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Marcos Melendez v. The Queen

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Court/Judicial body: Belize Court of Appeal

Citation: Criminal Appeal No. 9 of 1994
Date: 1994 [no exact date provided in judgment or elsewhere]
Instrument(s) cited: Belize Constitution, Section 6(2) Indictable Procedure Code, Section 151(2) Criminal Code of Belize, Sections 102, 116(b) and 117

Case summary

Background: The appellant was convicted of Class B murder and sentenced to death. On first appeal, the appellant provided proof that he was under the age of 18 at the time of the murder and the court imposed a sentence of imprisonment at Her Majesty’s pleasure. The appellant subsequently appealed his conviction for murder.

Issue and resolution: Life imprisonment of children. Whether a sentence of imprisonment at Her Majesty’s pleasure is constitutional. The Court dismissed the appeal against the conviction. The Court held that the sentence was unconstitutional and imposed a sentence of life imprisonment to replace the sentence of detention at Her Majesty’s pleasure.  

Court reasoning: The Court found that a sentence of imprisonment at Her Majesty’s pleasure was unconstitutional on two grounds. First, the sentence violated the Belize Constitution’s guarantee to a fair hearing. The Court reasoned that a fair hearing includes both the trial and the determination of a sentence. Imprisonment at Her Majesty’s pleasure permits the Governor-General of Belize, i.e. the executive, to determine the length of the sentence, and not the courts. Second, the sentence violated separation of powers under the Belize Constitution. The Court reasoned that, while the Governor-General is given certain powers under Belize’s Constitution to modify or commute a sentence, it does not permit the Governor-General to determine the sentence in the first place, as this must be done by the courts. Accordingly, the Court held that Section 151(2) of the Indictable Procedure Code was invalid, that the sentence passed under the authority thereof was also invalid and that the sentence therefore had to be quashed. The Court also noted that juveniles who commit Class A murder would still receive a mandatory death sentence and requested that the legislature enact an amendment to the Indictable Procedure Code. Impact: Subsequently, in 1998, the Indictable Procedure Code was amended. Section 146(2) of the Indictable Procedure Code now states that life imprisonment, rather than the death penalty, shall be imposed if, at the time of the crime, the defendant was under the age of 18.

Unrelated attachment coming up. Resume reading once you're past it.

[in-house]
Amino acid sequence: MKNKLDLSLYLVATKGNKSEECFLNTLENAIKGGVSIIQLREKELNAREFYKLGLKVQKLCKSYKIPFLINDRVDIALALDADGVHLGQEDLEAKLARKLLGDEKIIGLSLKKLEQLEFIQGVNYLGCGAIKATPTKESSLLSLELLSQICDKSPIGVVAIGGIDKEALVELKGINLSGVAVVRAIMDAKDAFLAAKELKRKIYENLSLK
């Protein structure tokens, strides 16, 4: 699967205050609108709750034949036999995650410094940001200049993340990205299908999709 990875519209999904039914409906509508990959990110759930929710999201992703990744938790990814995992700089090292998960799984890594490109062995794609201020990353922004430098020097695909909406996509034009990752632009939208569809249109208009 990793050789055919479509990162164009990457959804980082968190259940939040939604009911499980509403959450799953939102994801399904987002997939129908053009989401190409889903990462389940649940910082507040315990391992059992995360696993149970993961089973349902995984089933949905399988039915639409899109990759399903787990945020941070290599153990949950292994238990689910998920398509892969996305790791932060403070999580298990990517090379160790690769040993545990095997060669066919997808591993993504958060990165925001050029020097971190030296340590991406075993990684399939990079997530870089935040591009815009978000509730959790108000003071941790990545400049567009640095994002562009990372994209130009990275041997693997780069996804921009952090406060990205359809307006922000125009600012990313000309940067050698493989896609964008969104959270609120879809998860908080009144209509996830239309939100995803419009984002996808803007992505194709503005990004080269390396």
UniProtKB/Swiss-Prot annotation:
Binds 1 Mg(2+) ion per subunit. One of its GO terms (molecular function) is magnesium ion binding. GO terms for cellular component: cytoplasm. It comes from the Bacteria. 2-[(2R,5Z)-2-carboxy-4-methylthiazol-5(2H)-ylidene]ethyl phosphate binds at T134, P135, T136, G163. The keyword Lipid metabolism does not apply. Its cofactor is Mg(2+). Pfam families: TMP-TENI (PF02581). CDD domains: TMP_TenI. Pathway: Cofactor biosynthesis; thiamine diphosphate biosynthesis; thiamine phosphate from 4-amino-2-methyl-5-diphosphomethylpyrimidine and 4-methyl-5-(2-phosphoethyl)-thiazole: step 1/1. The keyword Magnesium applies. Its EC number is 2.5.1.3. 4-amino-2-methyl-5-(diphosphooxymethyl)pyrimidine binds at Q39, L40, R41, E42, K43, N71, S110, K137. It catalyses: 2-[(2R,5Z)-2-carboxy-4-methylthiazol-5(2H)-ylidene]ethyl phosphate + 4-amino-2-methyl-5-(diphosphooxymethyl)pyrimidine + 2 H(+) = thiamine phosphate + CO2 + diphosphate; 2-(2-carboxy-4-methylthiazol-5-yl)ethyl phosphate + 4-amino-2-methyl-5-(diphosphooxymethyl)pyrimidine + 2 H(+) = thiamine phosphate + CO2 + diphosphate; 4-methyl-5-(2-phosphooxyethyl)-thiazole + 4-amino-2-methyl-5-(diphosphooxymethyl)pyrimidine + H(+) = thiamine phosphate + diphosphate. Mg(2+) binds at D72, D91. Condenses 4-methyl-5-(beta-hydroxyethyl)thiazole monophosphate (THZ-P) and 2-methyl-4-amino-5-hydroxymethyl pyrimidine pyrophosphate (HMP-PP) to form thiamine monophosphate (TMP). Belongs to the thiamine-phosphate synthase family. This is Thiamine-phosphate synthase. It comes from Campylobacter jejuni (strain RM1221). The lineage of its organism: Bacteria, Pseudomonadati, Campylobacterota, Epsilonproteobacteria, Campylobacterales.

Notes: In November 2010, the American Bar Association’s Rule of Law Initiative published a report end “Assessment of Juvenile Justice in Belize”. The report noted that Belize still imposes a mandatory life imprisonment sentence for juveniles convicted of murder and called for further reform of the juvenile justice system.

Link to full judgement: